The Victoria and Albert Museum (V&A) and the Hampton Court Palace were our last visits on this weekend trip to London.
This article is one of three from a visit to London in 2012. The story is a transcript from my diary.
Victoria and Albert Museum
As this was another beautiful day in London what was better than making it a day out to the fascinating palace in Richmond, south of London. As the palace was in the direction of Gatwick Airport we spent the first hours of the day at the V&A.
V&A is more than a museum; it is an institution boasting the world’s largest collection of decorative arts and design, with a permanent collection of over 4.5 million objects. Certainly not all objects are exhibited at once, but a large number are.
Apart from that I walked through one of this year’s special exhibitions, “British Design 1948–2012: Innovation in the Modern Age”. It was very interesting, especially the parts dealing with the various periods of modern music culture.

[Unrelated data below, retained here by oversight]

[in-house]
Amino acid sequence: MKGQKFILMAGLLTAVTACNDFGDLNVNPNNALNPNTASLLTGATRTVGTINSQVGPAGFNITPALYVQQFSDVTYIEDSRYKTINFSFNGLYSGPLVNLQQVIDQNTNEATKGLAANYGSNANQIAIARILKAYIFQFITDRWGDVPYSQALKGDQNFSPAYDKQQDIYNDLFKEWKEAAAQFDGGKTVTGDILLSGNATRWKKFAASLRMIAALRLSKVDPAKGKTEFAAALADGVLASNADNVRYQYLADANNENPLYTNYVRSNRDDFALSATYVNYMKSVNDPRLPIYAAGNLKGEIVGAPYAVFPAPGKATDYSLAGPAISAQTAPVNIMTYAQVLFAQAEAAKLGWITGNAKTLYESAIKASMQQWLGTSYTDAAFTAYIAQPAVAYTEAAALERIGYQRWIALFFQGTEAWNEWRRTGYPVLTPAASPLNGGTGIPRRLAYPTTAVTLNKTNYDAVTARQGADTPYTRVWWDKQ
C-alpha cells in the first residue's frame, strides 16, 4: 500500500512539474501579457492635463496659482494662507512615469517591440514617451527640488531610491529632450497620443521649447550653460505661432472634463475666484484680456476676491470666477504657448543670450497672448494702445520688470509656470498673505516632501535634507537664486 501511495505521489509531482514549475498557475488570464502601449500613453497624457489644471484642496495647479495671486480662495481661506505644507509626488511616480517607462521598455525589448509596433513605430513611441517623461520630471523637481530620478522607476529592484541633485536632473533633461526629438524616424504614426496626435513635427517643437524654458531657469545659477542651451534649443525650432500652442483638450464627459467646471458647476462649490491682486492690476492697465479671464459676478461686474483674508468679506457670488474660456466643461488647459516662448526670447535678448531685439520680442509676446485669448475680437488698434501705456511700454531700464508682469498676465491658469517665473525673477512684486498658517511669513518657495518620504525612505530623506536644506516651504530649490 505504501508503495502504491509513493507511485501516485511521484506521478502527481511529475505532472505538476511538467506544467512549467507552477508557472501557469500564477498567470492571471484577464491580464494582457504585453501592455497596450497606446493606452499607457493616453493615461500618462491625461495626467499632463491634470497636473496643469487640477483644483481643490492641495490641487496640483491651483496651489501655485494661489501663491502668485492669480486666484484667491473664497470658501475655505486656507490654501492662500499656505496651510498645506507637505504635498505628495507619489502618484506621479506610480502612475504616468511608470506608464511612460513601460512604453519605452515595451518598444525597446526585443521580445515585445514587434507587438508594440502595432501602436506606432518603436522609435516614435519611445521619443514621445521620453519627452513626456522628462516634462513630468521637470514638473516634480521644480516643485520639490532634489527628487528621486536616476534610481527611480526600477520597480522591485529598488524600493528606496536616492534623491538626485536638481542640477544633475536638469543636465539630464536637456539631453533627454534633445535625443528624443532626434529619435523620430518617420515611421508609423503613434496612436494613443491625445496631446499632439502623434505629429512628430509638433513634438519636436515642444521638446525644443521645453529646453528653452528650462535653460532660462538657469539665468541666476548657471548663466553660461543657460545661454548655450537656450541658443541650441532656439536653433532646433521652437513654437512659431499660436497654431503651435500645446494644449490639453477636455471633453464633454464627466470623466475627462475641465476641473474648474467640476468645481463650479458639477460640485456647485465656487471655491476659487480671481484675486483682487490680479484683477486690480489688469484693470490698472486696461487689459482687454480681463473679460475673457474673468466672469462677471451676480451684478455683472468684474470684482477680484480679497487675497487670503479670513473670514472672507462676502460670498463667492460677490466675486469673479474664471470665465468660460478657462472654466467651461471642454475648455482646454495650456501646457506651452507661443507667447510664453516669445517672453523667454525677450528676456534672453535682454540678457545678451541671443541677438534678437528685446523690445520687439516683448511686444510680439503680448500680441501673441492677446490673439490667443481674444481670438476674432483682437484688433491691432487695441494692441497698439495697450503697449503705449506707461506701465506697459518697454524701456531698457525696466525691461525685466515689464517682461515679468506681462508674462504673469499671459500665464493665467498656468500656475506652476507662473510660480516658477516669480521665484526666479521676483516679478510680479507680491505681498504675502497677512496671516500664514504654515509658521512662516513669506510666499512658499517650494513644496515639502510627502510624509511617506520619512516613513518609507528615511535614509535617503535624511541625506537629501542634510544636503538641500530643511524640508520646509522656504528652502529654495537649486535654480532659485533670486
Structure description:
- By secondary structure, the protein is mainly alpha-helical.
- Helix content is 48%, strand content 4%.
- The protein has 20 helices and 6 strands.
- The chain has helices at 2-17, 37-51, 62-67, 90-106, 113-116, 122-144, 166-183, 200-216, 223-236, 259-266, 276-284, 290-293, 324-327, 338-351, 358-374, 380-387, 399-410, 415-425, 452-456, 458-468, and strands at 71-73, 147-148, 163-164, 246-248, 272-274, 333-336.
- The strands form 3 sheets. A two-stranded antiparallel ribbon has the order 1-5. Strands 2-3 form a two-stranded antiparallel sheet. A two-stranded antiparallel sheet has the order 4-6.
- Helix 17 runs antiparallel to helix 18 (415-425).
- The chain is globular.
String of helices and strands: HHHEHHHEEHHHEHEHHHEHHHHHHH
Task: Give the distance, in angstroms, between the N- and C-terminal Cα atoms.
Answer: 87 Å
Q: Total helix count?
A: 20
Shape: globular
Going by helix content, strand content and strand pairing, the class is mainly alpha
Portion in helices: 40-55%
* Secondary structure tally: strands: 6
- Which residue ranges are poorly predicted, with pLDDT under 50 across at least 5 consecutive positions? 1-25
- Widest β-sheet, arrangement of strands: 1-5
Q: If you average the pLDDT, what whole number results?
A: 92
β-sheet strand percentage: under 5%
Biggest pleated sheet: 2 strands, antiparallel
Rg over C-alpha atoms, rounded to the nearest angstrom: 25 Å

Hampton Court Palace
The train to Richmond took half an hour followed by a short walk across the River Thames to the entrance of the Hampton Court Palace. The palace was for 250 years or so the official residence of the British monarchs, starting with Henry VIII (the one with all the wives) from 1529 and ending in the latter half of the 18th century.
The buildings are kind of divided into two parts, the old ones dating back to Henry VIII and the connected ones largely built by King William III and very inspired by Versailles. The gardens and park outside also draw heavily on inspiration from the French Sun King. Amazing.
And so was the Maze.
Have a look at this video.
This post is the last of three parts. It starts here.